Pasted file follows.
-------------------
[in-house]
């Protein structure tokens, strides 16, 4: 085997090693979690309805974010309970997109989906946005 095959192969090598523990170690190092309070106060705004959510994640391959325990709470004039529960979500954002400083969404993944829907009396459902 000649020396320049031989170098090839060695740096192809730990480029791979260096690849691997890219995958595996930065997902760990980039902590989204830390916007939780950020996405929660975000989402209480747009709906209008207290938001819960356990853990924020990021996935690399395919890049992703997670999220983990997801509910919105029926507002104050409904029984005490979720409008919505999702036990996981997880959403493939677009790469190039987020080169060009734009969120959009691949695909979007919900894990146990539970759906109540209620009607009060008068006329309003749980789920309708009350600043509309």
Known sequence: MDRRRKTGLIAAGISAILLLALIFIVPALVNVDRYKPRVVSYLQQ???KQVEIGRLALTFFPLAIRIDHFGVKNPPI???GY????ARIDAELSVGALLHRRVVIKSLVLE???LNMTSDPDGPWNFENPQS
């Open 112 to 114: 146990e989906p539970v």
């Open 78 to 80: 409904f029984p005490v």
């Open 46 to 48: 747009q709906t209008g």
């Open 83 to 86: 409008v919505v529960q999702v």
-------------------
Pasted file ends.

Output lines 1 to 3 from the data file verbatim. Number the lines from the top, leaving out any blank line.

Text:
[in-house]
């Protein structure tokens, strides 16, 4: 085997090693979690309805974010309970997109989906946005 095959192969090598523990170690190092309070106060705004959510994640391959325990709470004039529960979500954002400083969404993944829907009396459902 000649020396320049031989170098090839060695740096192809730990480029791979260096690849691997890219995958595996930065997902760990980039902590989204830390916007939780950020996405929660975000989402209480747009709906209008207290938001819960356990853990924020990021996935690399395919890049992703997670999220983990997801509910919105029926507002104050409904029984005490979720409008919505999702036990996981997880959403493939677009790469190039987020080169060009734009969120959009691949695909979007919900894990146990539970759906109540209620009607009060008068006329309003749980789920309708009350600043509309």
Known sequence: MDRRRKTGLIAAGISAILLLALIFIVPALVNVDRYKPRVVSYLQQ???KQVEIGRLALTFFPLAIRIDHFGVKNPPI???GY????ARIDAELSVGALLHRRVVIKSLVLE???LNMTSDPDGPWNFENPQS